But would Daniel Hudson have listened anyway?
Hudson tossed one-run ball for 7 2/3 innings in his home debut on Friday night, and Arizona snapped its six-game skid against National League West-leading San Diego with a 2-1 victory.
The D-backs (42-68) have won four of their past six games, and credit the 23-year-old Hudson, who arrived with Minor Leaguer David Holmberg in the July 30 trade of Edwin Jackson to the White Sox, with two of those Ws.
Five days after shutting down the Mets in New York, Hudson was equally tough on the Padres, yielding Will Venable's third-inning homer and nothing else.
"It's good to make a good impression on everybody at home," Hudson (3-1) said of the 22,168 in attendance. "They were great tonight -- great ovation there coming off the [mound]."
In two outings sporting Sedona Red, Hudson has allowed two runs on six hits in 15 2/3 innings. And pounding the strike zone has been key. Friday, he threw a first-pitch strike to 17 of the first 21 Padres.
"He's fearless out there," said first baseman Adam LaRoche, whose second-inning home run off the almost-as-stingy Jon Garland proved crucial. "To play behind a guy that is pounding the zone and getting balls put in play [and recording] quick innings is nice."
Said interim manager Kirk Gibson: "It's certainly hard not to smile after that effort."
And it wasn't spoiled due to just enough production against Garland (10-8), who was solid for seven innings.
LaRoche guessing right on a second-inning changeup, sending it into the right-field seats, gave Hudson a slim lead to work with.
"It wasn't where [Garland] was trying to put it," LaRoche said of his 18th homer, which is second most on the club. "He left it out over the middle of the plate."
Arizona added on in the third when Justin Upton -- after Stephen Drew and Kelly Johnson drew two of Garland's six walks -- poked a two-out RBI single into center field.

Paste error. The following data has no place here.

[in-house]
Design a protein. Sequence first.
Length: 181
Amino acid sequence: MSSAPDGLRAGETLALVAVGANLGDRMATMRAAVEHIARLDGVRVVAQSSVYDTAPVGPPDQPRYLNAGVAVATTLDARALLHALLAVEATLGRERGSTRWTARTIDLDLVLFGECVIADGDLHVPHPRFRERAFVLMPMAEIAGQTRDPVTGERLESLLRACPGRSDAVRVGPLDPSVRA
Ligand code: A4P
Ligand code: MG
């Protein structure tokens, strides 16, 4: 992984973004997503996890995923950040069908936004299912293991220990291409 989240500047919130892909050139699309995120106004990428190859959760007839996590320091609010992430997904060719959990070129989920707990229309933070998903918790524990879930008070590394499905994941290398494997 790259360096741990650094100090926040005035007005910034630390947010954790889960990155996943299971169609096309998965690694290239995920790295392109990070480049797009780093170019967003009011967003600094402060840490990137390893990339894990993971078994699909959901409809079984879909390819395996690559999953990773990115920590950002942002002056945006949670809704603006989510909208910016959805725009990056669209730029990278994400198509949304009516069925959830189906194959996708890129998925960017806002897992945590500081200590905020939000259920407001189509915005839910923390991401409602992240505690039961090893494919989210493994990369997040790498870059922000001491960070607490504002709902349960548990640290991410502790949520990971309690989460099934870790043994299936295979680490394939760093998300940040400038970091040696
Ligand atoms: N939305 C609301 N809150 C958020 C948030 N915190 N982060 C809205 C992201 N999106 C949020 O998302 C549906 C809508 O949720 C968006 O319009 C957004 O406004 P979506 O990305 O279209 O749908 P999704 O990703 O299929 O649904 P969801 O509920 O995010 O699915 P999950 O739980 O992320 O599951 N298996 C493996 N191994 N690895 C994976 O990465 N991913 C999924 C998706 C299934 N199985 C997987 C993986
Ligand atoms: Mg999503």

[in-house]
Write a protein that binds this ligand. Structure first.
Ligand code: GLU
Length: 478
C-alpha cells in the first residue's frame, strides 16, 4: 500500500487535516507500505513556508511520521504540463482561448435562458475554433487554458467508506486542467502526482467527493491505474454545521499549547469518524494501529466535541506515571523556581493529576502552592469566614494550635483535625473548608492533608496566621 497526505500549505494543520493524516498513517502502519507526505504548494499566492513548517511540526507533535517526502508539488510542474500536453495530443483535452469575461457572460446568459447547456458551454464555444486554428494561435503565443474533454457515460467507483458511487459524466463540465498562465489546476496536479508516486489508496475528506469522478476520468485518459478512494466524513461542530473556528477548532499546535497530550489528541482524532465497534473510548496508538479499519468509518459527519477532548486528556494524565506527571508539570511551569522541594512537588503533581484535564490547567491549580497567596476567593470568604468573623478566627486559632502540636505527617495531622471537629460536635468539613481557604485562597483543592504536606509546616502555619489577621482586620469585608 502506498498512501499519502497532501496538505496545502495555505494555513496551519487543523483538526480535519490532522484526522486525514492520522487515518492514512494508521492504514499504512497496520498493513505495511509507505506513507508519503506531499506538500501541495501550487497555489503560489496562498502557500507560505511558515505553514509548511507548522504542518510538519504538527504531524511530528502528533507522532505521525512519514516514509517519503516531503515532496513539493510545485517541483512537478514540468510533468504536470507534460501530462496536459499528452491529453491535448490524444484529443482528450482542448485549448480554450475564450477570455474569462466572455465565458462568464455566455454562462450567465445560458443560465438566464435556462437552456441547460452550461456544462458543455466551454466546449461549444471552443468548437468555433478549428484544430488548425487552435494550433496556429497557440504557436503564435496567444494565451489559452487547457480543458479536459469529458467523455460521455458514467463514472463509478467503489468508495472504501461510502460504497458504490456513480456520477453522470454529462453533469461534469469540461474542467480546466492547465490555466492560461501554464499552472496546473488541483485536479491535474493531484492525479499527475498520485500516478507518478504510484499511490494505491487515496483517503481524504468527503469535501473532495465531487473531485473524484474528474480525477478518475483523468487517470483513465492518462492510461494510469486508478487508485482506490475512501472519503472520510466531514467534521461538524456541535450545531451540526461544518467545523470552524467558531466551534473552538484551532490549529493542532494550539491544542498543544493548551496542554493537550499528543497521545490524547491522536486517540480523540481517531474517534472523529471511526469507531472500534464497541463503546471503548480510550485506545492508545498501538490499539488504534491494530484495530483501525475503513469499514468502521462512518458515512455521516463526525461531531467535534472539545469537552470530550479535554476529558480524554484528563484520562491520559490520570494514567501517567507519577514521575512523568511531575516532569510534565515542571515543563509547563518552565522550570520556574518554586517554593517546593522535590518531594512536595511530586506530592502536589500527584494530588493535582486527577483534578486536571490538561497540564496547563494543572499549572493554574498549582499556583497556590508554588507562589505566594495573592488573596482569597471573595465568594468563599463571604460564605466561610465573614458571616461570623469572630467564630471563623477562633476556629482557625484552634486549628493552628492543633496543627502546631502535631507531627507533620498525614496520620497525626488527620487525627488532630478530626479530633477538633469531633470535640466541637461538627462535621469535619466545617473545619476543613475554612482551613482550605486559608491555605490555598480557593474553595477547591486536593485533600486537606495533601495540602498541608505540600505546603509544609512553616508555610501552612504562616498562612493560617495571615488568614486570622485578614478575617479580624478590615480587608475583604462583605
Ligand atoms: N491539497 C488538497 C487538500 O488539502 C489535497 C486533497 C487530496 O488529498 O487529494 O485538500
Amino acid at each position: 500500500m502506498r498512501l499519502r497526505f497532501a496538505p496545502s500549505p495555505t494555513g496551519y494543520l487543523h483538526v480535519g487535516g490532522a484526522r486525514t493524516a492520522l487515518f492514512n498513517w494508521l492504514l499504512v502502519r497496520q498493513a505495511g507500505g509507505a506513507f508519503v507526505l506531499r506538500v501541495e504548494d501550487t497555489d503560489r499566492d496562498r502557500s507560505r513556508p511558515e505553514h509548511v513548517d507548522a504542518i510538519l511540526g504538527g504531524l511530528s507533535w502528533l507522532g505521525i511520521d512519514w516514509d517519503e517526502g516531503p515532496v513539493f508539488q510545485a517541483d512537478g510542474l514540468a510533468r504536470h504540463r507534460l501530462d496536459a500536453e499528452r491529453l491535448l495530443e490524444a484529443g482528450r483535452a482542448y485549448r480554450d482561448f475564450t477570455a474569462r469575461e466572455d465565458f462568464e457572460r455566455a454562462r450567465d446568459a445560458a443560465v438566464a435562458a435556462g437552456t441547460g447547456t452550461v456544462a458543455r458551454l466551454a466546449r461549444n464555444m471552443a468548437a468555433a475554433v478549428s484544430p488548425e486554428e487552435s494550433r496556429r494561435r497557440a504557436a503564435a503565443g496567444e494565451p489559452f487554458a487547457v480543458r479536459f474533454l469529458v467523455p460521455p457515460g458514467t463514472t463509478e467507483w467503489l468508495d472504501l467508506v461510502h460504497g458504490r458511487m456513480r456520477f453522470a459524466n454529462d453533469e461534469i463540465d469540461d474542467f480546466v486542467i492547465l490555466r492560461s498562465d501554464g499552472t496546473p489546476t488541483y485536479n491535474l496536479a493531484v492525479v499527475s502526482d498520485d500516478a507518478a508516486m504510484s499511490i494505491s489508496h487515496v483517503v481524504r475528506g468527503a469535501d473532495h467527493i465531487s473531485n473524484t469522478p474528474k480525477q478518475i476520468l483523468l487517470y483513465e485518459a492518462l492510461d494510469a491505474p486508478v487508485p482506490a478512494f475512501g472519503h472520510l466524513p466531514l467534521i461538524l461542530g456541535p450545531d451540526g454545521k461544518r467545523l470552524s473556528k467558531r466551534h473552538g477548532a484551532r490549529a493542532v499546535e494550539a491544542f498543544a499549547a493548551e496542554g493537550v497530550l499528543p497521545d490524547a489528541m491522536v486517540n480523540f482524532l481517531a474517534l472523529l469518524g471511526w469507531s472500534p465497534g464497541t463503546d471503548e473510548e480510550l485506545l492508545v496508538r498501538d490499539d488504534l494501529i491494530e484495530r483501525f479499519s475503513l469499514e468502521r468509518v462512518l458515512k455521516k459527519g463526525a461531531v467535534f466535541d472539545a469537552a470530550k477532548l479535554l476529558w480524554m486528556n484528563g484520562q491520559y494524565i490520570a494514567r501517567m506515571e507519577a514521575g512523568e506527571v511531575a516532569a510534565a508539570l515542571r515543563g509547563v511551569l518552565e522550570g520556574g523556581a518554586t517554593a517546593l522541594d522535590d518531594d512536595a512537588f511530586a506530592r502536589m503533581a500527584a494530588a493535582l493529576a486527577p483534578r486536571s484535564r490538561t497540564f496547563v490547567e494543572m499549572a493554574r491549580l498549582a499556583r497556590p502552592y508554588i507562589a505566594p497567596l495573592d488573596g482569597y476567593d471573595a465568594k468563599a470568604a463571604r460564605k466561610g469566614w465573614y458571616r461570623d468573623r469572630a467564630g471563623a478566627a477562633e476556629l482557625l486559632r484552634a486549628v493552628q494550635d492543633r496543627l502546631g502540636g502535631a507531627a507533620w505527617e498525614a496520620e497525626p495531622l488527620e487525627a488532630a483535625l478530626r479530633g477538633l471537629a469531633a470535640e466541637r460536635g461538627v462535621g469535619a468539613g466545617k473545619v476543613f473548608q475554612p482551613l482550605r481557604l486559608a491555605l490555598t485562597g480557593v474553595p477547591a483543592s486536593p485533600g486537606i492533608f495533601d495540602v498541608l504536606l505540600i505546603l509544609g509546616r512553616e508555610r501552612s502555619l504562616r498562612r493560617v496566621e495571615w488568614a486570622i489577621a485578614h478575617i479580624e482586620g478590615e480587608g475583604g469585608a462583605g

When the D-backs' defense temporarily set Hudson back (Rusty Ryal's bobble in the seventh allowed cleanup hitter Ryan Ludwick to reach) it recovered to help him out (LaRoche dove to his left to rob the next batter, Chase Headley, of a base hit).
Hudson took it from there. With Ludwick on second, Gibson opted to intentionally walk the potential go-ahead run, Venable, before his young hurler induced Tony Gwynn's harmless groundout to end the threat.
"Good, young arm," Padres manager Bud Black said. "His fastball had some life to it, and he had a nice tail at the end. He showed a decent changeup, too."
Hudson retired two of the three hitters he faced in the eighth before Gibson called on left-hander Jordan Norberto to counter San Diego slugger Adrian Gonzalez. Norberto's errant pickoff throw toward first base allowed Jerry Hairston Jr. to reach second base, but the rookie reliever stranded him anyway when Gonzalez grounded out weakly to shortstop.
"Daniel had done his job, and Gonzalez had some decent swings off him," Gibson said, "so I certainly didn't want him to get the loss on that at-bat."
Norberto, who has held left-handed hitters to a .200 average (4-for-20) this season, gave way to de facto closer Aaron Heilman in the ninth. He, too, delivered by retiring San Diego's 4-5-6 hitters for his eighth straight scoreless outing and fifth save in nine opportunities.
"These are the games we've been losing, and a lot of them we've kind of beat [ourselves] late in games," LaRoche said. "So to see guys come in games and get some big outs late -- we stranded a couple runners and made some plays behind them -- this was nice."
Andrew Pentis is an associate reporter for MLB.com. This story was not subject to the approval of Major League Baseball or its clubs.